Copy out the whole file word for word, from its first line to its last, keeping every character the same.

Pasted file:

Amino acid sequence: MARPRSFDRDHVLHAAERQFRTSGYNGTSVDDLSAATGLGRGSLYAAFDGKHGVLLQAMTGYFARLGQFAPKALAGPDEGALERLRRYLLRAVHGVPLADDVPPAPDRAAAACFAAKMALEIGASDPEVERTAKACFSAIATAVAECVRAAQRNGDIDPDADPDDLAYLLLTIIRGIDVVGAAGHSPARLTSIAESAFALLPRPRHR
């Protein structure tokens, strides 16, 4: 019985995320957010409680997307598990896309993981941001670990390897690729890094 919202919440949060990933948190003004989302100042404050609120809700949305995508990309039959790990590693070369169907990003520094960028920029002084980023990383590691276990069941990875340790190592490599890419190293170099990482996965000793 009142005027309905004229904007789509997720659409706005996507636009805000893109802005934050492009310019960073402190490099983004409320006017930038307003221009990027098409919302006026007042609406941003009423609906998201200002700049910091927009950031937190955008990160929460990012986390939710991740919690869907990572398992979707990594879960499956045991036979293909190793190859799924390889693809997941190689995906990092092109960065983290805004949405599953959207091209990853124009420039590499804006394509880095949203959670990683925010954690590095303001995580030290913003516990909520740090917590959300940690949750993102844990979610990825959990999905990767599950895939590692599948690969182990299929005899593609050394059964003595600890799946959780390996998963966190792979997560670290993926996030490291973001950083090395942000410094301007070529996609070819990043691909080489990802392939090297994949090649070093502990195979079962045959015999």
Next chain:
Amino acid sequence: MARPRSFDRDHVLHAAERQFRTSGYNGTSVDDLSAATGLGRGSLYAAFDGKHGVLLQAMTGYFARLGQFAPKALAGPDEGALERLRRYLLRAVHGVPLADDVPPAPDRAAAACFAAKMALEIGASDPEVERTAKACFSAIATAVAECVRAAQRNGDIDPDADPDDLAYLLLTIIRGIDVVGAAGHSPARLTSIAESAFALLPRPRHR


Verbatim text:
Amino acid sequence: MARPRSFDRDHVLHAAERQFRTSGYNGTSVDDLSAATGLGRGSLYAAFDGKHGVLLQAMTGYFARLGQFAPKALAGPDEGALERLRRYLLRAVHGVPLADDVPPAPDRAAAACFAAKMALEIGASDPEVERTAKACFSAIATAVAECVRAAQRNGDIDPDADPDDLAYLLLTIIRGIDVVGAAGHSPARLTSIAESAFALLPRPRHR
């Protein structure tokens, strides 16, 4: 019985995320957010409680997307598990896309993981941001670990390897690729890094 919202919440949060990933948190003004989302100042404050609120809700949305995508990309039959790990590693070369169907990003520094960028920029002084980023990383590691276990069941990875340790190592490599890419190293170099990482996965000793 009142005027309905004229904007789509997720659409706005996507636009805000893109802005934050492009310019960073402190490099983004409320006017930038307003221009990027098409919302006026007042609406941003009423609906998201200002700049910091927009950031937190955008990160929460990012986390939710991740919690869907990572398992979707990594879960499956045991036979293909190793190859799924390889693809997941190689995906990092092109960065983290805004949405599953959207091209990853124009420039590499804006394509880095949203959670990683925010954690590095303001995580030290913003516990909520740090917590959300940690949750993102844990979610990825959990999905990767599950895939590692599948690969182990299929005899593609050394059964003595600890799946959780390996998963966190792979997560670290993926996030490291973001950083090395942000410094301007070529996609070819990043691909080489990802392939090297994949090649070093502990195979079962045959015999």
Next chain:
Amino acid sequence: MARPRSFDRDHVLHAAERQFRTSGYNGTSVDDLSAATGLGRGSLYAAFDGKHGVLLQAMTGYFARLGQFAPKALAGPDEGALERLRRYLLRAVHGVPLADDVPPAPDRAAAACFAAKMALEIGASDPEVERTAKACFSAIATAVAECVRAAQRNGDIDPDADPDDLAYLLLTIIRGIDVVGAAGHSPARLTSIAESAFALLPRPRHR